Last year in February Engadget reported that Sweden's UI design company The Astonishing Tribe (TAT) showcased a dual-screen UI concept, stating that in future devices could sport such a setup.
A year later Kyocera Communications has launched a dual-screen Android phone called Echo on Sprint network; however TAT was acquired by BlackBerry maker RIM in December 2010.
Dual-screen form factor has found significant use on desktops and even tablets. Recently Kno a giant dual-screen tablet was released at the CES 2011. Kno sports two 14-inch screens with a screen resolution of 1440x900 and has a special stylus which helps in taking notes. It is powered by an Nvidia Tegra 2 processor and runs on a Linux based UI. However the tablet weighs 5.6 pounds and is targeted at students. An Apple iPad weighs a mere 1.6 pounds.
However questions regarding the usability of a dual-screen phone galore. The Kyocera Echo offers two 3.5-inch displays with 800x480 resolutions. Each screen can run a different app like an email can be opened on one screen and a browser on the other. It also offers the option of combining the screens and it turns into a 4.7-inch display.
The downside of such an arrangement is that the phone needs a powerful processor. Echo runs on a Snapdragon 1 GHz processor which is not dual-core and thus it drains the battery life. A limitation which Kyocera has acknowledged as it offers a spare 1370mAh battery with a charging cradle. The cradle can also tether the spare battery to Echo as an external power supply.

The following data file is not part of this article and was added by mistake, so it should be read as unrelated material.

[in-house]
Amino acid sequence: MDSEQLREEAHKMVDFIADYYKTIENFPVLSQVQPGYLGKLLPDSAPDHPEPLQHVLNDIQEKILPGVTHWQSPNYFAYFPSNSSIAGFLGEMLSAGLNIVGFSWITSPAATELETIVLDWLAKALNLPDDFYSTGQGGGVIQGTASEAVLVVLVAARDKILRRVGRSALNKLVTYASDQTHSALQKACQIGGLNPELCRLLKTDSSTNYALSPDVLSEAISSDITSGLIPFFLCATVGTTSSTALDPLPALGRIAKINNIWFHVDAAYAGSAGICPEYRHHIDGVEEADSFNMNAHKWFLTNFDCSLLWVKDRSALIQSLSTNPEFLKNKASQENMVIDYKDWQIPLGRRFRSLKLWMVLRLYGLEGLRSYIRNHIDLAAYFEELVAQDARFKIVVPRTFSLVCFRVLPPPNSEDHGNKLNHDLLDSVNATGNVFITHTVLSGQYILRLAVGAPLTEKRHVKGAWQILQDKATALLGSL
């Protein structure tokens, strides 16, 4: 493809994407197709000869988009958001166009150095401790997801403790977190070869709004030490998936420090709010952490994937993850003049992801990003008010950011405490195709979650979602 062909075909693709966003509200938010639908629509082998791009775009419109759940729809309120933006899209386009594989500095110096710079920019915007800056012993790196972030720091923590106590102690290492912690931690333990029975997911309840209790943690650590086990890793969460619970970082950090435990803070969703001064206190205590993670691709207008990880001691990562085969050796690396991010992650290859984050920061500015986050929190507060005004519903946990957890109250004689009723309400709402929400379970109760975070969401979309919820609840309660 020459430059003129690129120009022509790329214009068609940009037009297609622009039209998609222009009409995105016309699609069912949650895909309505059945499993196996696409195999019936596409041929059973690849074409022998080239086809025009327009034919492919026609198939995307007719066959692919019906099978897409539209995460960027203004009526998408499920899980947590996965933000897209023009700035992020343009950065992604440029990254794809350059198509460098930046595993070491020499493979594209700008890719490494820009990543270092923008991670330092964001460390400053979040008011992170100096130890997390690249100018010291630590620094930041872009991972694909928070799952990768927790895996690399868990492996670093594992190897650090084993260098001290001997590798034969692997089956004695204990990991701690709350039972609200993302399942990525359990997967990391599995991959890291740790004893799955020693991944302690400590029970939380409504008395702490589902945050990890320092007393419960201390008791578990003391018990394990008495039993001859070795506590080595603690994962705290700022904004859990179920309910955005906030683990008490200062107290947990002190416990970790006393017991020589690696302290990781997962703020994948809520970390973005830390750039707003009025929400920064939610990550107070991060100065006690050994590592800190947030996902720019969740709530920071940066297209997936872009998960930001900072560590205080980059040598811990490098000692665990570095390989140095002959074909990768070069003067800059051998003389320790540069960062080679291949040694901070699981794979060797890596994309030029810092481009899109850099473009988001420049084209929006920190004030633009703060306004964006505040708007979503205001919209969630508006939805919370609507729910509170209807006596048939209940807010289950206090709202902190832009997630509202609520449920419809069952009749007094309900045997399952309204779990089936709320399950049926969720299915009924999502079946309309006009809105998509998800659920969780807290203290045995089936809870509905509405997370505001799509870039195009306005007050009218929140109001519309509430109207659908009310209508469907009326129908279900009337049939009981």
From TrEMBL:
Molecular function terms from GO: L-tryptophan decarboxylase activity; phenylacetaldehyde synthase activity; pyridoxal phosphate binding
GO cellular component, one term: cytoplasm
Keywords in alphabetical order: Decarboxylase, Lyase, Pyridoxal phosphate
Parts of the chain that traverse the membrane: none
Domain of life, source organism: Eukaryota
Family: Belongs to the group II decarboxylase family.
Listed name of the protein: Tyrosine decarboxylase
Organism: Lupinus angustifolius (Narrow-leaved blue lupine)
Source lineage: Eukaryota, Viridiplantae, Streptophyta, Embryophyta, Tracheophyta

The weight of the smartphone has not been revealed although it is .67 inches thick compared to iPhone 4 which is .37 inches thick and weighs 4.8 ounces.
The phone uses a pivot-hinge which allows using the display in different formats. However only dedicated apps built with Kyocera APIs are currently functional on each screen individually. However a SDK for apps is coming but for now third-party apps are not functional on individual screens.
The key benefit that a dual-screen phone offers is multi-tasking; allowing a user to access two apps on different screens thus a user can also send a text message and watch a video simultaneously. It also offers the flexibility to turn it into a larger screen for multimedia content once the screens are used in conjunction.
The dual-screen phone can give a tough fight to QWERTY keypad phones, as the space used up the sliding keypad can now be used for an additional screen. Also the additional screen could be used as a virtual QWERTY keypad.
A flipside to the dual-screen Echo is that it does not offer a front-facing camera for video chat, a feature which could have been optimized on a two-screen form. Also the phone is currently 3G-only and does not run on WiMAX which leaves a multi-media augmented phone in want of speed. Another missing facet is 3D capability which would have made the device an excellent fit for 3D games.
While the possibilities on the phone are multiple, Kyocera and Sprint would have to address issues like more processing power, better battery life and more apps that could be featured on the phone.
The Kyocera Echo runs Android 2.2 powered by a Snapdragon 1GHz chip, sports 1GB internal memory with an 8GB microSD card and support for 32 GB. It has 5 MP camera with 720p video capture capacity and is priced at $199.